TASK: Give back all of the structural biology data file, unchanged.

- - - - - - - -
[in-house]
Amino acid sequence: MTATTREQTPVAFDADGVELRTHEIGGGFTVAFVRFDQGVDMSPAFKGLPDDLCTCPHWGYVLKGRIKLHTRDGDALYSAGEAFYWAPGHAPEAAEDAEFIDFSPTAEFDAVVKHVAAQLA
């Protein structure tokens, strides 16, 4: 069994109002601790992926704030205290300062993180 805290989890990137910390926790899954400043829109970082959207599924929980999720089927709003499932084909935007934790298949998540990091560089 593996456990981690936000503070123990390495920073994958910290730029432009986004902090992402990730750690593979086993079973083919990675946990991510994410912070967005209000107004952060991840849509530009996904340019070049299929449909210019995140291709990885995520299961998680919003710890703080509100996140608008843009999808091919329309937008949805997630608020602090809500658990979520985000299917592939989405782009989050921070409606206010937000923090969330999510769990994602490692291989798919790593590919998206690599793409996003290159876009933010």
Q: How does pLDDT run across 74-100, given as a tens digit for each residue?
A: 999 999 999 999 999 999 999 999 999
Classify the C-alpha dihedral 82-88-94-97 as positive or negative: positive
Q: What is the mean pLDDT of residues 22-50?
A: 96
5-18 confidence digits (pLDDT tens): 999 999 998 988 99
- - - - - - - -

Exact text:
[in-house]
Amino acid sequence: MTATTREQTPVAFDADGVELRTHEIGGGFTVAFVRFDQGVDMSPAFKGLPDDLCTCPHWGYVLKGRIKLHTRDGDALYSAGEAFYWAPGHAPEAAEDAEFIDFSPTAEFDAVVKHVAAQLA
């Protein structure tokens, strides 16, 4: 069994109002601790992926704030205290300062993180 805290989890990137910390926790899954400043829109970082959207599924929980999720089927709003499932084909935007934790298949998540990091560089 593996456990981690936000503070123990390495920073994958910290730029432009986004902090992402990730750690593979086993079973083919990675946990991510994410912070967005209000107004952060991840849509530009996904340019070049299929449909210019995140291709990885995520299961998680919003710890703080509100996140608008843009999808091919329309937008949805997630608020602090809500658990979520985000299917592939989405782009989050921070409606206010937000923090969330999510769990994602490692291989798919790593590919998206690599793409996003290159876009933010």
Q: How does pLDDT run across 74-100, given as a tens digit for each residue?
A: 999 999 999 999 999 999 999 999 999
Classify the C-alpha dihedral 82-88-94-97 as positive or negative: positive
Q: What is the mean pLDDT of residues 22-50?
A: 96
5-18 confidence digits (pLDDT tens): 999 999 998 988 99